A couple of quotations that will help flesh out some of the ideas I’ve explored in my recent series of posts about religion and science (which begin here):
(1) A reader of the series sent me this quote from G.K. Chesterton’s book Orthodoxy, which he felt summed up pretty well what it means to be “in the middle of the lake”:
“The ordinary man has always been sane because the ordinary man has always been a mystic. . . . He has always cared more for the truth than for consistency. If he saw two truths that seemed to contradict each other, he would take the two truths and the contradiction along with them. His spiritual sight is stereoscopic, like his physical sight: he sees two different pictures at once and yet sees all the better for that. Thus he has always believed that there was such a thing as fate, but such a thing as free will also. Thus he believed that children were indeed the kingdom of heaven, but nevertheless ought to be obedient to the kingdom of earth. He admired youth because it was young and age because it was not. It is exactly this balance of apparent contradictions that has been the whole buoyancy of the healthy man.”
(2) In the most recent issue of Boston College Magazine, in an article entitled “On Not Knowing: The Intellectual and the Mystic Can Agree,” Lawrence Cunningham writes the following (for our purposes, simply substitute “person of faith” and “person of science” for “mystic” and “intellectual”):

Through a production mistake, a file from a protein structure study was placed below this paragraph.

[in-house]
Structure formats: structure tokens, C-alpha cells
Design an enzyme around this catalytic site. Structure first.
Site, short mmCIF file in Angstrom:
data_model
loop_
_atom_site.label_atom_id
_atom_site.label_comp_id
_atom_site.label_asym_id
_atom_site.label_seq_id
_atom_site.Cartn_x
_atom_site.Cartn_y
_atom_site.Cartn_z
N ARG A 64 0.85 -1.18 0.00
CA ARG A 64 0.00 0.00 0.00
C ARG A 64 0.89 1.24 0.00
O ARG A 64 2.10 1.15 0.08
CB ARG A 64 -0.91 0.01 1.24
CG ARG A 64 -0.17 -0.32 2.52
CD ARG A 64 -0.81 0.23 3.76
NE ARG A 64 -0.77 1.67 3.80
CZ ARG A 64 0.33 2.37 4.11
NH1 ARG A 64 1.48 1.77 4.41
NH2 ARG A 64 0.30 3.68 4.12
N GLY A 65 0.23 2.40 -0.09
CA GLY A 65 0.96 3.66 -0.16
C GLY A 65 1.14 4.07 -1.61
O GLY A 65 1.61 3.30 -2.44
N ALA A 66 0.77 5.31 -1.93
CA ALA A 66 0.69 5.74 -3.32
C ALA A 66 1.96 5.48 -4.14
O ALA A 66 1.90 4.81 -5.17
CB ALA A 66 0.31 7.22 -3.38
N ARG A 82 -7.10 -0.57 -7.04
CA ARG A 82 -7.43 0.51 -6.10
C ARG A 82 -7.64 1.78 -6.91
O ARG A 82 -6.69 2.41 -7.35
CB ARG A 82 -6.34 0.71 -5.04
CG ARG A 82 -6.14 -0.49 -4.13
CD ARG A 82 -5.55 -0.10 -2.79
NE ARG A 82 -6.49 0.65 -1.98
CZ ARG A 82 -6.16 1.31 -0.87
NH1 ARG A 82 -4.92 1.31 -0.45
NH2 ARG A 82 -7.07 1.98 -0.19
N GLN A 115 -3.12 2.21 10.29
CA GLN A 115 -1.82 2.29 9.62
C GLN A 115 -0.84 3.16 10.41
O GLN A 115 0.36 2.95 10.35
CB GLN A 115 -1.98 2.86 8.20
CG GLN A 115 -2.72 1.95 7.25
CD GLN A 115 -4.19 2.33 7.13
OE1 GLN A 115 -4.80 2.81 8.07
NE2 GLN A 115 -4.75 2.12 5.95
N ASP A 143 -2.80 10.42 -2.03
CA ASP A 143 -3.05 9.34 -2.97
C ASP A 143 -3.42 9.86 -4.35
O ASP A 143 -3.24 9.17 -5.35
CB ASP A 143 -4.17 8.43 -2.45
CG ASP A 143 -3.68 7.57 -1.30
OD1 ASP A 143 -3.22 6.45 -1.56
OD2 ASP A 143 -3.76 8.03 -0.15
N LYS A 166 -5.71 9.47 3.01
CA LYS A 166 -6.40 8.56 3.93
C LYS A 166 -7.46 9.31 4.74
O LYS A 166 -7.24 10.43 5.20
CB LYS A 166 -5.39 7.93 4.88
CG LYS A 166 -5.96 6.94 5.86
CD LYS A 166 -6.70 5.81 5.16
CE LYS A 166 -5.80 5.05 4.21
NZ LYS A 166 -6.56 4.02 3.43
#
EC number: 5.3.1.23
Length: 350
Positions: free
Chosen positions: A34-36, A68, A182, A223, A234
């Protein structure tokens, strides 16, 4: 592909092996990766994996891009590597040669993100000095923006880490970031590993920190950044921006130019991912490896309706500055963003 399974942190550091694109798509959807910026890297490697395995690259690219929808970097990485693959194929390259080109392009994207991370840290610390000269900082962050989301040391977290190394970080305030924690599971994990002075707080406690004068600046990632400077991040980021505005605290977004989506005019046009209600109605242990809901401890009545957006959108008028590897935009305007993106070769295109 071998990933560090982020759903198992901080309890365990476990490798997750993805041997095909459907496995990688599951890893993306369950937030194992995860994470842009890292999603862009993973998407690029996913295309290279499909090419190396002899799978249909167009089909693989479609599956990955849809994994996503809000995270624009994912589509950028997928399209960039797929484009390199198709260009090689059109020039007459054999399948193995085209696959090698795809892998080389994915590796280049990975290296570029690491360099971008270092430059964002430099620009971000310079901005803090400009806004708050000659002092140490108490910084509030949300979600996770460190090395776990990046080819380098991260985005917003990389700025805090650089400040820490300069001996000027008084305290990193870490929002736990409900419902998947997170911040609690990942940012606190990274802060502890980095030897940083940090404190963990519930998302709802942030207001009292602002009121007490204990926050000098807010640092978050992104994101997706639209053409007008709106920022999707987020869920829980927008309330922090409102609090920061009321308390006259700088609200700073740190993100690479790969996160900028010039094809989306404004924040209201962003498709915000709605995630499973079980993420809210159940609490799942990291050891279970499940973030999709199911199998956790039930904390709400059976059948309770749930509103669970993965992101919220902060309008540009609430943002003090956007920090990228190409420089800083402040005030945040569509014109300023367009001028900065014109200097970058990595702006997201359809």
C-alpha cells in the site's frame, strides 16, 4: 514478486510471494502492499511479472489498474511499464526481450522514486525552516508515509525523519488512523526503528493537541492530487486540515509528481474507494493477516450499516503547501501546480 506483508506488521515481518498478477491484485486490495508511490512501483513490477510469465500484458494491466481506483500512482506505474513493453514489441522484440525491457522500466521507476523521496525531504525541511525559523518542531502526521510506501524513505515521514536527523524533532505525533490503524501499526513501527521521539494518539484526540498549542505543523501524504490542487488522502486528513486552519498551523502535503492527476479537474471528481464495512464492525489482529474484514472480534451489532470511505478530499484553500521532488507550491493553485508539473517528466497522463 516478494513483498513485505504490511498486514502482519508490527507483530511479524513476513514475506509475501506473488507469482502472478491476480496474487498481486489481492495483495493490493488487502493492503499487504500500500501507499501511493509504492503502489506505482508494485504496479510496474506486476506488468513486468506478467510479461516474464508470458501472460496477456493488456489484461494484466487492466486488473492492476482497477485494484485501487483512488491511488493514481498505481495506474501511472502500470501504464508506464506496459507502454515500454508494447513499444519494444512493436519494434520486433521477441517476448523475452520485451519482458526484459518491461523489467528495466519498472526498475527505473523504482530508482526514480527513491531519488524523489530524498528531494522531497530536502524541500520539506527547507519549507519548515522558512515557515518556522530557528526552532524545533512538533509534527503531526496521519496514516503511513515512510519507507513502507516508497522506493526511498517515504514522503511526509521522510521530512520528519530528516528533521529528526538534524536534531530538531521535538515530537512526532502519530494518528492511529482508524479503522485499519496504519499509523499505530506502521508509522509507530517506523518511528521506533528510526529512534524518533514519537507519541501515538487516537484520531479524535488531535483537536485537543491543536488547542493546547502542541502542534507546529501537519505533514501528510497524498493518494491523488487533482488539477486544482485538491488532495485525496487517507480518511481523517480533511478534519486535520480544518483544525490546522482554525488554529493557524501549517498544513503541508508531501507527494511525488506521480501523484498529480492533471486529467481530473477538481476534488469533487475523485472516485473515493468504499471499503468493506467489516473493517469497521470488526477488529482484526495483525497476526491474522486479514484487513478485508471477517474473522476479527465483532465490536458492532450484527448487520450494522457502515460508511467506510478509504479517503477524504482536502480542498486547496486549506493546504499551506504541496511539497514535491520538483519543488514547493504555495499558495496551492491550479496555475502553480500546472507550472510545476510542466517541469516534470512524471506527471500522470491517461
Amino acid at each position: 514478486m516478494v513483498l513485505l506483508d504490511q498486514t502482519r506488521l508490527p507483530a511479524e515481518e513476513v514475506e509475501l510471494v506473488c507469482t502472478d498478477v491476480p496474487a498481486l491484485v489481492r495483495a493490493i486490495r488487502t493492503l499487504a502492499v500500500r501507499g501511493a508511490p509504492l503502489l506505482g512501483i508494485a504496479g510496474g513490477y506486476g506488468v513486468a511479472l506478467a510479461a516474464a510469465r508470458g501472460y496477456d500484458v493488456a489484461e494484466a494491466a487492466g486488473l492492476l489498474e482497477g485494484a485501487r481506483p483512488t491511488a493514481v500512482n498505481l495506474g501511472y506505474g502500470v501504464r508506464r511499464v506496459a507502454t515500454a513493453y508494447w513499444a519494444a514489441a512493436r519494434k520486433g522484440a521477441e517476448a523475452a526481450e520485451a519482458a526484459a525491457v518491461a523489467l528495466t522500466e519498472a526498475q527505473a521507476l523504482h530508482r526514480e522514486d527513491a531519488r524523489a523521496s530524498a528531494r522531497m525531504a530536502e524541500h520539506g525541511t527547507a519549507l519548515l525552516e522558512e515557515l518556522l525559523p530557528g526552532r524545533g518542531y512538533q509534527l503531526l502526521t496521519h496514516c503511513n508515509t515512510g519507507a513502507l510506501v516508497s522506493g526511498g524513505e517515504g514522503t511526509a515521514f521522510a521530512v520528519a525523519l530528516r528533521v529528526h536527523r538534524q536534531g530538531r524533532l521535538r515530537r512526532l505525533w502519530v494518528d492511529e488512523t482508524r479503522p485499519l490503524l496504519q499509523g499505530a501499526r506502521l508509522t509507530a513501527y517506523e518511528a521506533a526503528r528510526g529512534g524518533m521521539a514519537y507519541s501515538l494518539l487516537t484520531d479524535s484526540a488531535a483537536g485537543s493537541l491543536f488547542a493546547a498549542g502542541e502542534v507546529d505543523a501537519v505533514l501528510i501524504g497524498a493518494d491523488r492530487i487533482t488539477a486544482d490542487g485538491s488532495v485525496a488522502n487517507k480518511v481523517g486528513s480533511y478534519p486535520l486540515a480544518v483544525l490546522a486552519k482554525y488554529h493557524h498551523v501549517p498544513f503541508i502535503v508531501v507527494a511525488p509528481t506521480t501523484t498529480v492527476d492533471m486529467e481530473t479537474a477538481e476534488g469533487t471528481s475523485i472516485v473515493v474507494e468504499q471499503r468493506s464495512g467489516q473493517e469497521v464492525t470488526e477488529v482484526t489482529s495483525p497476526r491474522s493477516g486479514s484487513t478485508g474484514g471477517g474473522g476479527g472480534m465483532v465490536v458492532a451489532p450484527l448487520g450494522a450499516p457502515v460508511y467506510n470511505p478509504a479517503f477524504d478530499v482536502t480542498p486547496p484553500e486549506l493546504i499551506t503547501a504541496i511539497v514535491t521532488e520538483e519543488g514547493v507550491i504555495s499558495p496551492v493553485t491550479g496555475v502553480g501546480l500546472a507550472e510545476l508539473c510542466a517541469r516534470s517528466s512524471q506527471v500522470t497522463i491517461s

“The harmony between mystics and intellectuals can be described like this: When intellectuals begin to grapple with ideas in order to gain understanding, they grow aware of the horizon of unknowing that extends ever before them—and aware, too, that their goal recedes even as they advance to meet it under the penumbra of hope. Mystics follow a somewhat analogous path, in that their yearnings are never complete in this life; their experience of the presence of God is always tentative, elusive, transitory, and full of promise. Like the Christian intellectual, the mystic lives in the ‘not yet.’ How might their paths converge? Aquinas gives an interesting hint in his Summa Theologica. He begins by defining contemplation as principally pertaining to meditation on God, and then he says that the contemplative can be predisposed to genuine contemplation by a reflection on any truth—Thomas’s way of saying that the intellectual task of seeking and stating truth is a prelude to the encounter with Truth.”
Some further food for thought on the topic of religion and science as non-overlapping ways of knowing.